In sixteenth-century Germany some reformers, chiefly Anabaptists, claimed the right to preach outside the normal establishment of order in the church. Luther and his colleagues labeled them “Winkelprediger,” those who sneak off into a corner to preach or teach God’s Word apart from the church’s placing them in office (Luther’s Works 40: 383-394). Therefore, Melanchthon insisted in article XIV of the Augsburg Confession: “Concerning church government it is taught that no one should publicly teach, preach, or administer the sacraments without a proper call.” The intention of this article was to establish the catholicity and legitimacy of the Wittenberg reform and particularly those priests who had supported it. Some of them were still among the vast majority of early sixteenth-century Germans who were illiterate; in 1530, when Melanchthon composed the Confession, almost all had been ordained by Roman Catholic bishops and nominated for office by local nobles or town councils. Ordination is not mentioned, probably because Melanchthon wanted to avoid the sacramental implications associated with it, even if he could admit, by changing the definition of “sacrament,” that Lutherans approved ordination as they understood it (Apology XIII). “Properly called” (in Latin, rite vocatus; in German ordentlichen Beruf) meant, in 1530, “decently and in order” according to the expectations of the Roman Catholic party within the German Empire.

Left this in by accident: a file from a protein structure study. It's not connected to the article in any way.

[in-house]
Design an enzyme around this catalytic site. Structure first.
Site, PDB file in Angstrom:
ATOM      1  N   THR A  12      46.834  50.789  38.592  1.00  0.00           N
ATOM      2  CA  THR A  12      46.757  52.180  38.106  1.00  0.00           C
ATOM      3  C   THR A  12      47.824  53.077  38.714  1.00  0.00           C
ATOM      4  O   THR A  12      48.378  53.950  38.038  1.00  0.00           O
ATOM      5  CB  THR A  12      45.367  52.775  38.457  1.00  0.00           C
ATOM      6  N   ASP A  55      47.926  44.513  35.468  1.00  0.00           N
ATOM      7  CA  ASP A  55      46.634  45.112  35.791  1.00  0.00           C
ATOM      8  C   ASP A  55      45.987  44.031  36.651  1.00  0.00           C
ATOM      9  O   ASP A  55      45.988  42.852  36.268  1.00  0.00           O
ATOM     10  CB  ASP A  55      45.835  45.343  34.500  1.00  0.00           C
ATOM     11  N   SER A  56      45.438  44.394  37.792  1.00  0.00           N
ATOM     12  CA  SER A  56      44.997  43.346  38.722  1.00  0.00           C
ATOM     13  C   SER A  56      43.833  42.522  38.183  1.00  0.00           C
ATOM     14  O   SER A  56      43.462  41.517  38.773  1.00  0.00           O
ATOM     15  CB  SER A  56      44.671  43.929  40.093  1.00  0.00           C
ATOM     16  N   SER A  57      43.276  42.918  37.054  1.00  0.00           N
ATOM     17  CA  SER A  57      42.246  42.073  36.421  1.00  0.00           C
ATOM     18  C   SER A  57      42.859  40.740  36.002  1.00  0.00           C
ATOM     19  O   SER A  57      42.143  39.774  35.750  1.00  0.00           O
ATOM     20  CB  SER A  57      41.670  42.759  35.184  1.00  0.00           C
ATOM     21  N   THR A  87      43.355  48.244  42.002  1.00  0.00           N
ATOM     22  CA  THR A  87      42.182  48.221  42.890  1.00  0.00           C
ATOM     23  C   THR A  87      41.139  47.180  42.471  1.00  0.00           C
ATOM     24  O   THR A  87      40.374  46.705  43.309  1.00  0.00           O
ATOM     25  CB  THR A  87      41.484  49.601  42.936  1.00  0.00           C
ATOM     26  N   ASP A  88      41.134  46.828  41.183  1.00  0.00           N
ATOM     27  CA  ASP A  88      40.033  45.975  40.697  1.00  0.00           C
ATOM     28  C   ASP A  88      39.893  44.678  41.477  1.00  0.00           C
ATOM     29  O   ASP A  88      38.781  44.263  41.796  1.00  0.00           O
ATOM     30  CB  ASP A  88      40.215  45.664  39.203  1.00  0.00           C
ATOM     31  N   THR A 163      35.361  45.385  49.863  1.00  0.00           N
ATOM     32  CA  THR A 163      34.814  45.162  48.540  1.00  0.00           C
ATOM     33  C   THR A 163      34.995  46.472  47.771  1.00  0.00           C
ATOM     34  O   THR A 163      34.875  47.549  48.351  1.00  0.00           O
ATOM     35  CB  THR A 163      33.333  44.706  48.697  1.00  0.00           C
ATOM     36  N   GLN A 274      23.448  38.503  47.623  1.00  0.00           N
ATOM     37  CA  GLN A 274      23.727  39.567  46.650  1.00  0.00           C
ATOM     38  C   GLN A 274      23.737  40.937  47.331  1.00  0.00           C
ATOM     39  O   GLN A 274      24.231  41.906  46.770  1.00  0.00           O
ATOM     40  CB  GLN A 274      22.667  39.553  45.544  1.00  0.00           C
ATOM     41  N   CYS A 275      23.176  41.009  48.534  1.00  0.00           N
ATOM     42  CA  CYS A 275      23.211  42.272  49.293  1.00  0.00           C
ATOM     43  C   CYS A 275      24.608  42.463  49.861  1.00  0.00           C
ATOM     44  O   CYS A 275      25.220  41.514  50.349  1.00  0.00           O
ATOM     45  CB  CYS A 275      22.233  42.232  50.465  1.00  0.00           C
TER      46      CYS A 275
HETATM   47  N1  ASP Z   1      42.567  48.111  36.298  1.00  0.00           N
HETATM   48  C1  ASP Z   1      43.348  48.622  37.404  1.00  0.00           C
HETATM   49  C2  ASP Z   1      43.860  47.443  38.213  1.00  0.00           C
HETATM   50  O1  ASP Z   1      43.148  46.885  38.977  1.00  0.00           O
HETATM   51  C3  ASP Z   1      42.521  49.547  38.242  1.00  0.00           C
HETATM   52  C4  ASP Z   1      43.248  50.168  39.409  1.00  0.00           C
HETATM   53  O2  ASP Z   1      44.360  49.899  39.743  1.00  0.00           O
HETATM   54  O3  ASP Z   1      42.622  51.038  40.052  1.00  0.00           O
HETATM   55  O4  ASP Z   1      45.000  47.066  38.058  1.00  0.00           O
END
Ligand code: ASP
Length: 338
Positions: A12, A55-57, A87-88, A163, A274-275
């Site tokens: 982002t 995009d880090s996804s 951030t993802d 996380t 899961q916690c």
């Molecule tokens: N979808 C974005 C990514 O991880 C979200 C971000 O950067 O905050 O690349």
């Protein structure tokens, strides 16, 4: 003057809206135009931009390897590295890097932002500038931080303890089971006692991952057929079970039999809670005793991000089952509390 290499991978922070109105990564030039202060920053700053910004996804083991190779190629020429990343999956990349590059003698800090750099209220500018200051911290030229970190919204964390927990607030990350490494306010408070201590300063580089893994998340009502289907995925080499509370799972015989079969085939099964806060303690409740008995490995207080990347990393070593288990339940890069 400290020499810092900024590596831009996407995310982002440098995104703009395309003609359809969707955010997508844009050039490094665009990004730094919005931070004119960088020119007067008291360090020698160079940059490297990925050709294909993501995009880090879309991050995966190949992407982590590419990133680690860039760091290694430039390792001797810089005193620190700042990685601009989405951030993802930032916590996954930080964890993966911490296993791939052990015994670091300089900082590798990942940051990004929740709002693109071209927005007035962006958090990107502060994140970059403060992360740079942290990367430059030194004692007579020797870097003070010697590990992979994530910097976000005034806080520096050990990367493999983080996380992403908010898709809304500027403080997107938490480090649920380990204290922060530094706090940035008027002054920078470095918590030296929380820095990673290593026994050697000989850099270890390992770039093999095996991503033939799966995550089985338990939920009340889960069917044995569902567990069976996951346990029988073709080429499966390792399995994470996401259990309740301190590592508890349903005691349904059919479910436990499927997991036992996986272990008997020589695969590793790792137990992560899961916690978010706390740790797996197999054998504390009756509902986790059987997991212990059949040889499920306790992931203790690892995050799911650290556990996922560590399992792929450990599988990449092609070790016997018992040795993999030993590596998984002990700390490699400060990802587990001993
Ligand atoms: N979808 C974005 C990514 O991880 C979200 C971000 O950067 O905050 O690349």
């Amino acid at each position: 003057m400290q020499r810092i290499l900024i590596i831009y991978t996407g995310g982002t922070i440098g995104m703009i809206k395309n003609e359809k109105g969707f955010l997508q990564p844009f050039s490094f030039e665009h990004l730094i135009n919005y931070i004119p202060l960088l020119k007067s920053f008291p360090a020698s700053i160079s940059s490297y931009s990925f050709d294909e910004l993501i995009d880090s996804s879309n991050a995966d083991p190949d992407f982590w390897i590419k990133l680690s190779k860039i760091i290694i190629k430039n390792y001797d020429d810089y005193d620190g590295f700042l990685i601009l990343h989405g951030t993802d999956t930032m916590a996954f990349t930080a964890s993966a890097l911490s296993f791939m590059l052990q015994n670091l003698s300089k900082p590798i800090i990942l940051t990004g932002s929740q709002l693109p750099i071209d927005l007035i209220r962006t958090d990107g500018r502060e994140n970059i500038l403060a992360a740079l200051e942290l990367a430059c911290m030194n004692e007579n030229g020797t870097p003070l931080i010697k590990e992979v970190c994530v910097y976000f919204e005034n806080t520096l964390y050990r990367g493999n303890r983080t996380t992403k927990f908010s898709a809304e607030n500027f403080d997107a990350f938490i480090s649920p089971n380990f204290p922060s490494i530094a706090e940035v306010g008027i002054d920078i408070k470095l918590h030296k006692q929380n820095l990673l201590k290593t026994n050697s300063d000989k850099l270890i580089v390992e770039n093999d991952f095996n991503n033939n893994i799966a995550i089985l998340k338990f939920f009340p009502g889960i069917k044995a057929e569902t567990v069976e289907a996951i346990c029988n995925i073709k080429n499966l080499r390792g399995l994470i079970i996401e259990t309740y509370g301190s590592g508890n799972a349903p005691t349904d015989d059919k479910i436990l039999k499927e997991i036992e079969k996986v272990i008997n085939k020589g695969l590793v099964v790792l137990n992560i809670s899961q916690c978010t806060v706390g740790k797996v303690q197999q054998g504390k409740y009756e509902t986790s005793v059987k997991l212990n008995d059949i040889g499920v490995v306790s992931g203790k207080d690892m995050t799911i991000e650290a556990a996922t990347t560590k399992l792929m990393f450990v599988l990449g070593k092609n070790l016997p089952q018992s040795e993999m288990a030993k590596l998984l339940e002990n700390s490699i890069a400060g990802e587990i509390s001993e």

The procedure for training pastors in the Reformation era varied slightly from place to place, however, several key steps were consistently practiced among Lutherans. One example of this process is the order established for the churches of Electoral Saxony. In May 1535, Elector Johann Friedrich, after consultation with the Wittenberg theologians, issued a new regulation regarding the ordination of pastors. Men seeking to be placed in the Office of the Holy Ministry would come first to Wittenberg, study at the University and be examined by the theologians. After successful examination, the candidates would be ordained at St. Mary’s, the parish church in Wittenberg, and sent out to the churches to which they were called. This practice, which was new for Electoral Saxony, was in response to the great lack of pastors who were put into office by bishops. The training and calling of pastors now involved the theological faculty of the University as well as congregations and superintendents. The calling of pastors was now to be preceded by ordination by the Wittenberg theologians (of which the examination was a part), and this ordination would stand in place of the episcopal ordination of a priest.